Kansas Secretary of State Kris Kobach on Tuesday said chances have increased that the state will pass an Arizona-like crackdown on hiring illegal immigrants now that the U.S. Supreme Court has upheld the law.
“The Supreme Court rejected some of the arguments that we heard in the Kansas legislative committees,” said Kobach, who helped write the 2007 law approved in Arizona that was upheld last week by the U.S. Supreme Court.
The law penalizes businesses that hire illegal immigrants and requires employers to use the federal E-Verify database system to check the immigration status of their workers.
The court ruled 5-3 in favor of the law. Chief Justice John Roberts, writing for the majority, said the employer sanctions law “falls well within the confines of the authority Congress chose to leave the states.”
Attempts to pass an E-Verify bill in Kansas have failed, with much opposition coming from the Kansas Chamber of Commerce, which has argued the proposal put an undue burden on business. Civil rights groups have argued that the Arizona law is pre-empted by federal immigration.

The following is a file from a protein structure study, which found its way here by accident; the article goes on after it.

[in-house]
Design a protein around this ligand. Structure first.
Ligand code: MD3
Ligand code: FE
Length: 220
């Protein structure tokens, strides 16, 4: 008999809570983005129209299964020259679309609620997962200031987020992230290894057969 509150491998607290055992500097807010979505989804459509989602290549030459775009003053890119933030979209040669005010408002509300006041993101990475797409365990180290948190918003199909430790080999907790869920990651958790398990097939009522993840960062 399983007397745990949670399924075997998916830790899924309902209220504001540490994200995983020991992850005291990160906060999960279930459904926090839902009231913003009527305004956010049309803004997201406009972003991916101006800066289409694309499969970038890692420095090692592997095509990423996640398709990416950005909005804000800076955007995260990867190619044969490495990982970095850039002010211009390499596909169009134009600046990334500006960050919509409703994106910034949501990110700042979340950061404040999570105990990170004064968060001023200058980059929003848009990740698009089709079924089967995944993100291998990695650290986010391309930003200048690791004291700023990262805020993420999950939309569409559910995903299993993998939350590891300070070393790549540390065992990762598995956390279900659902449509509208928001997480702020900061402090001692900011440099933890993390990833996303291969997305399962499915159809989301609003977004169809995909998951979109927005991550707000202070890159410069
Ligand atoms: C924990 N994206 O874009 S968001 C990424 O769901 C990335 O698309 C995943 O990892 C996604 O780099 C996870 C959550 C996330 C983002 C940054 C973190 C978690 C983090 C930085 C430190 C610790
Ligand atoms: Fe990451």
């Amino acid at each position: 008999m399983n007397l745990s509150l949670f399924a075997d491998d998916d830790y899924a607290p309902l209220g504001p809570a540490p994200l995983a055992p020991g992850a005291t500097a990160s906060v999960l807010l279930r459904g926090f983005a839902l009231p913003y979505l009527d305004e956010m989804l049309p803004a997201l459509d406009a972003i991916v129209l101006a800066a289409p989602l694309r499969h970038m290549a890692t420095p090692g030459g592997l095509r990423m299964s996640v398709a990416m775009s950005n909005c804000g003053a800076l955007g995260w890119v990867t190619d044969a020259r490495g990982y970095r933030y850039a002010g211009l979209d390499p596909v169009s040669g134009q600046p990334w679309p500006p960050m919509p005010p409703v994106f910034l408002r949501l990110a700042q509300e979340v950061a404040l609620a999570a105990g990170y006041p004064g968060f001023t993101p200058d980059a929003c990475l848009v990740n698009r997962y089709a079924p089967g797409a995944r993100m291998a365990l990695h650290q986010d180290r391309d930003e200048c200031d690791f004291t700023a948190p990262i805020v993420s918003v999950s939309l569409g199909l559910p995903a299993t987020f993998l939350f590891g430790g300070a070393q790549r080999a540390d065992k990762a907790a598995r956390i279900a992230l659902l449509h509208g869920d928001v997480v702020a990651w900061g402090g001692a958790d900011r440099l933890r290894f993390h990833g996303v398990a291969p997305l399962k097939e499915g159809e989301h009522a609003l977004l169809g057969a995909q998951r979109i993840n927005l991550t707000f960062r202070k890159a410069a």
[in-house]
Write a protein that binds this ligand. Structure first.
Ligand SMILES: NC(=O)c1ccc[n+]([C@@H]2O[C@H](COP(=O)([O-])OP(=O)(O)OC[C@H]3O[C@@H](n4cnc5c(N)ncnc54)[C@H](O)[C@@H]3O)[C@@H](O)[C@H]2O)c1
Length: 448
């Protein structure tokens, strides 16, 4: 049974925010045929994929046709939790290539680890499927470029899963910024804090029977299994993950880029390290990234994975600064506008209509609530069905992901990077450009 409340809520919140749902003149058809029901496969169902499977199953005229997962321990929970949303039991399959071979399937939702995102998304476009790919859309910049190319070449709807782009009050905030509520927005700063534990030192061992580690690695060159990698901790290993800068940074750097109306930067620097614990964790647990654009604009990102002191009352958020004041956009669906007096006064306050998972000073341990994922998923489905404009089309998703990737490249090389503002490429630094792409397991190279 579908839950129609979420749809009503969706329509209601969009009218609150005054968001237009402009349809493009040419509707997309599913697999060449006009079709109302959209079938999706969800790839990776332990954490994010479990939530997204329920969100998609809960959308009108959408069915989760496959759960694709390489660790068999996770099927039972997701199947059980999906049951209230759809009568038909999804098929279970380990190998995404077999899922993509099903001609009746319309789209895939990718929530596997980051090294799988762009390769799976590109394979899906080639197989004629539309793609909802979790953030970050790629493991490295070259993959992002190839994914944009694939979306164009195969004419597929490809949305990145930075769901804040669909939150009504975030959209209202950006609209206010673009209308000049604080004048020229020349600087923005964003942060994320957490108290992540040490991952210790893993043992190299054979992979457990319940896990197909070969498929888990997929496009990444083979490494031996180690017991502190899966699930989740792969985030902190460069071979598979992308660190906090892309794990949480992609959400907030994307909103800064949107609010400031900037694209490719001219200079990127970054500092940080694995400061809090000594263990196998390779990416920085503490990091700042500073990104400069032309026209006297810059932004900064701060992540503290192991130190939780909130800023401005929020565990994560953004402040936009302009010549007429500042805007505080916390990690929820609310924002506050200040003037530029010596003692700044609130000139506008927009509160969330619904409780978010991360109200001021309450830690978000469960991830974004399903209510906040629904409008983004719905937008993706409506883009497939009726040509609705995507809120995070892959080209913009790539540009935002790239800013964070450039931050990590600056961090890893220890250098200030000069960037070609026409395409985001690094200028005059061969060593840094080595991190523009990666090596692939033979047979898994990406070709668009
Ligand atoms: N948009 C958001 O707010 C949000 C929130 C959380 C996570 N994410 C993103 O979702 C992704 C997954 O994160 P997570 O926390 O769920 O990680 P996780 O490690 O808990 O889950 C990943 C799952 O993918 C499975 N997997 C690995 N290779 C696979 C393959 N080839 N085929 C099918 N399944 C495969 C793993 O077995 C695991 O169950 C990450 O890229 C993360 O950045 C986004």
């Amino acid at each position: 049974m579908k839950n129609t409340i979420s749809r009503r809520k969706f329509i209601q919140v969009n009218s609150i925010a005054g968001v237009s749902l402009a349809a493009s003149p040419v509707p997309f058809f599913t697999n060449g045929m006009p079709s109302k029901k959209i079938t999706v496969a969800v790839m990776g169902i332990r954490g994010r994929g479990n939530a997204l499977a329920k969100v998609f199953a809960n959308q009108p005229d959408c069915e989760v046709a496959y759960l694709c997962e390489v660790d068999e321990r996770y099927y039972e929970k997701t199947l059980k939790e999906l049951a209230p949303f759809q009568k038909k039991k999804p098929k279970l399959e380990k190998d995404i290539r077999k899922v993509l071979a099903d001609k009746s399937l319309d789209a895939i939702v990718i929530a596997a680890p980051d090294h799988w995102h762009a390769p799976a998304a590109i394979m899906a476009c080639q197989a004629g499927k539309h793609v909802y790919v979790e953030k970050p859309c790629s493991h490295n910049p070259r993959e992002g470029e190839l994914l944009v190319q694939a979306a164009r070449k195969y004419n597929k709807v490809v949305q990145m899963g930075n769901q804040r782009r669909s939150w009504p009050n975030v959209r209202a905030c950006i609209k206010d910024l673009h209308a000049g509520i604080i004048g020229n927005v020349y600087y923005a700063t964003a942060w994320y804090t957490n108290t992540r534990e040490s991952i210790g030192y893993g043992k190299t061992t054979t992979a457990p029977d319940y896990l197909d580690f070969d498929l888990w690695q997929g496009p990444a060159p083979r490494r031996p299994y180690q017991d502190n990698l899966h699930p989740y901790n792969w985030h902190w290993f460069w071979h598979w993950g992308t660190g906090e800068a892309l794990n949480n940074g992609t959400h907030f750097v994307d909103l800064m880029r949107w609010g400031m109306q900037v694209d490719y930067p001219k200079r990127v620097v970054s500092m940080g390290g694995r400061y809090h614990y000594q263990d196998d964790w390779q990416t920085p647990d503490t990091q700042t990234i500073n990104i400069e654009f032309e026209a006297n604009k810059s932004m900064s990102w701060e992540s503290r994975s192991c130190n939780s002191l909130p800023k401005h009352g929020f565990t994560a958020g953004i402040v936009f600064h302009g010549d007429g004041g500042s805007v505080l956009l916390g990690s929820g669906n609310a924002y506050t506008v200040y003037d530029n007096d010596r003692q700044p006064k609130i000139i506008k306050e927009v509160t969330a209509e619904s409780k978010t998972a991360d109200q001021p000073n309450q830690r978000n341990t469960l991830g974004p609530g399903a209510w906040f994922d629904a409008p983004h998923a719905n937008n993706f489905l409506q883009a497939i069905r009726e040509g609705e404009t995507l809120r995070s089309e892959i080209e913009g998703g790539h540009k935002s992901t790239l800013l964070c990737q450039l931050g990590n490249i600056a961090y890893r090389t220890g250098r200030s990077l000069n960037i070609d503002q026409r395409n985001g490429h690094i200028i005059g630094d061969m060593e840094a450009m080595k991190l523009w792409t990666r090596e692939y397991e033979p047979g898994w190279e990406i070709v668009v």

But Kobach, a Republican who has been a national figure in writing anti-illegal immigration laws, said he believed the law would relieve businesses of liability because the federal E-Verify system would be the basis for determining whether a worker was an illegal immigrant. He said the court’s approval means that states can be involved in enforcing immigration laws.
He said he expected the issue to come up again in the 2012 legislative session.
Kobach said he believed the employer sanctions law is a much more sweeping law than SB 1070, which he also helped write for Arizona and which allows police to question a person’s legal status. That law is being challenged in court.